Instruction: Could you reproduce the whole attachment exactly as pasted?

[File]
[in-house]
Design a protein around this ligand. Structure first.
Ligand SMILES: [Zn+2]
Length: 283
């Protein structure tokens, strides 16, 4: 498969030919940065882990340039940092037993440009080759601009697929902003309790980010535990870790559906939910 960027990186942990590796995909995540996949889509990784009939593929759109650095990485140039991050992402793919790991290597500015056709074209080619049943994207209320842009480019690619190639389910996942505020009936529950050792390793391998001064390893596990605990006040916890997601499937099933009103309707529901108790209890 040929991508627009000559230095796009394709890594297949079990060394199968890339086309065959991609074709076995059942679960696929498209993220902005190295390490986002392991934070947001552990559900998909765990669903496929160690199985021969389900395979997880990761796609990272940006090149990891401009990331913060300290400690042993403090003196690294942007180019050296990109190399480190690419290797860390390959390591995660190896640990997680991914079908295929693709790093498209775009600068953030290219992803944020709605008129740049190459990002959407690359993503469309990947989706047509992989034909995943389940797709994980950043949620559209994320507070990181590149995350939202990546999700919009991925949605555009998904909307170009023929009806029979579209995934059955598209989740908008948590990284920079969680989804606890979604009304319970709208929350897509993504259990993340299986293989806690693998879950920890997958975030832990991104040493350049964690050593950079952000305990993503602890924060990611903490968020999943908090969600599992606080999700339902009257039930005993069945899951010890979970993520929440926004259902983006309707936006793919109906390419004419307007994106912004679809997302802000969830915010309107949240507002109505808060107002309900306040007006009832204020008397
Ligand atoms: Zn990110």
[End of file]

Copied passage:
[in-house]
Design a protein around this ligand. Structure first.
Ligand SMILES: [Zn+2]
Length: 283
């Protein structure tokens, strides 16, 4: 498969030919940065882990340039940092037993440009080759601009697929902003309790980010535990870790559906939910 960027990186942990590796995909995540996949889509990784009939593929759109650095990485140039991050992402793919790991290597500015056709074209080619049943994207209320842009480019690619190639389910996942505020009936529950050792390793391998001064390893596990605990006040916890997601499937099933009103309707529901108790209890 040929991508627009000559230095796009394709890594297949079990060394199968890339086309065959991609074709076995059942679960696929498209993220902005190295390490986002392991934070947001552990559900998909765990669903496929160690199985021969389900395979997880990761796609990272940006090149990891401009990331913060300290400690042993403090003196690294942007180019050296990109190399480190690419290797860390390959390591995660190896640990997680991914079908295929693709790093498209775009600068953030290219992803944020709605008129740049190459990002959407690359993503469309990947989706047509992989034909995943389940797709994980950043949620559209994320507070990181590149995350939202990546999700919009991925949605555009998904909307170009023929009806029979579209995934059955598209989740908008948590990284920079969680989804606890979604009304319970709208929350897509993504259990993340299986293989806690693998879950920890997958975030832990991104040493350049964690050593950079952000305990993503602890924060990611903490968020999943908090969600599992606080999700339902009257039930005993069945899951010890979970993520929440926004259902983006309707936006793919109906390419004419307007994106912004679809997302802000969830915010309107949240507002109505808060107002309900306040007006009832204020008397
Ligand atoms: Zn990110």